Family Trusts and Estate Planning

Curtis HaighBlog

Paper family on wooden table and persons hands hold and protect them

Family Trusts can be a powerful tool for estate planning, tax planning, asset protection; and wealth transfer.

A family trust is a legal entity that holds assets for the benefit of a specific group of individuals, known as beneficiaries. The assets in the trust are managed by a trustee, who is responsible for making decisions about the assets and distributing income and capital to the beneficiaries. Trusts can be set up during an individual’s lifetime or through a will, and can have a wide range of uses, including:

  • Protecting assets from creditors: Trust assets are generally protected from creditors in the event of a bankruptcy or other legal action.
  • Minimizing Taxes: Trusts can be used to minimize taxes on income and capital gains, as well as to plan for the transfer of assets to future generations.
  • Managing assets for beneficiaries: Trusts can be used to manage assets for beneficiaries who are unable to manage themselves, such as minors or individuals with disabilities.
  • Providing for specific needs: Trusts can be set up to provide for specific needs such as education, medical expenses, or other associated costs.

Trust = No Trust?

Kind of!  It’s a neat little phrase that we use when describing trusts to our clients.  In the event of a major life event, a trust can ensure the wishes of the individuals who set the trust up will be carried out in life, and in death.  A trust can help ensure assets are distributed fairly and equitably, providing extra peace of mind.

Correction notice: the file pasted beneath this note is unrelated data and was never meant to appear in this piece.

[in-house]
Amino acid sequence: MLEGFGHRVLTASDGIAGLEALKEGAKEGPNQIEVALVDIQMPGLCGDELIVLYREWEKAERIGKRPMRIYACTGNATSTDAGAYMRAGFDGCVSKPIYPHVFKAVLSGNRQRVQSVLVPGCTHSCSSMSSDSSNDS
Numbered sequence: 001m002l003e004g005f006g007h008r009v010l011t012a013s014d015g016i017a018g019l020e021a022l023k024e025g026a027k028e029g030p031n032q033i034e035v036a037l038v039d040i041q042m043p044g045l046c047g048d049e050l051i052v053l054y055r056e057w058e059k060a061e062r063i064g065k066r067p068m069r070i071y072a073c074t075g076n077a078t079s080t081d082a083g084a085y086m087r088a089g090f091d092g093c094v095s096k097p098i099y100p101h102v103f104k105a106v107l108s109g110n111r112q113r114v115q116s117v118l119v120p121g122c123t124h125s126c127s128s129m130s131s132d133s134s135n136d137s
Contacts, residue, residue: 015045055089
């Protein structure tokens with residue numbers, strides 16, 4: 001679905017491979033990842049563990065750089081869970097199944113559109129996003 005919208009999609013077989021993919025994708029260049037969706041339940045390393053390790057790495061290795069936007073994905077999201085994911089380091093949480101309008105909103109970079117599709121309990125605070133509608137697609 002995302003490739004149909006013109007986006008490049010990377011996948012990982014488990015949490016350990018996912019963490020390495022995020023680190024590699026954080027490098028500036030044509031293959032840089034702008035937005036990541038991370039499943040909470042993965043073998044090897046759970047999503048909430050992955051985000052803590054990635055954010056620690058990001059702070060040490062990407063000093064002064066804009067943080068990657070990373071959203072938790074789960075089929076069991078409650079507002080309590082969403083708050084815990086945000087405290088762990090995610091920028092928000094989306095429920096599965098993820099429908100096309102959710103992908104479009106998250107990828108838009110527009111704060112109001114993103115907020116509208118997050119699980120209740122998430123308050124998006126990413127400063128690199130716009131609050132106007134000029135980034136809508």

While there are several types of planning sstrategies associated with trusts, there are two main types of trusts that can be used for planning purposes including:

One of the most important consdierations when setting up a family trust is choosing the right trustee.  The trustee must be someone who is trustworthy, reliable, and capable of making sound decisions about the assets in the trust.  Trustees can be in dividuals or professional organizations.

During the process of financial planning, an advisor will typically take into consideration the complexity of the scenario and whether or not a trust could be beneficial at some point.  Its important to consult with a Saskatoon financial planner, Trust and Estate Practionioner, Trust Lawyer, and Accountant who specilizes in estate planning and trust law.   These advisors can help you understand the legal requirements and implications of setting up a trust, and whether the benefits outweigh the cons.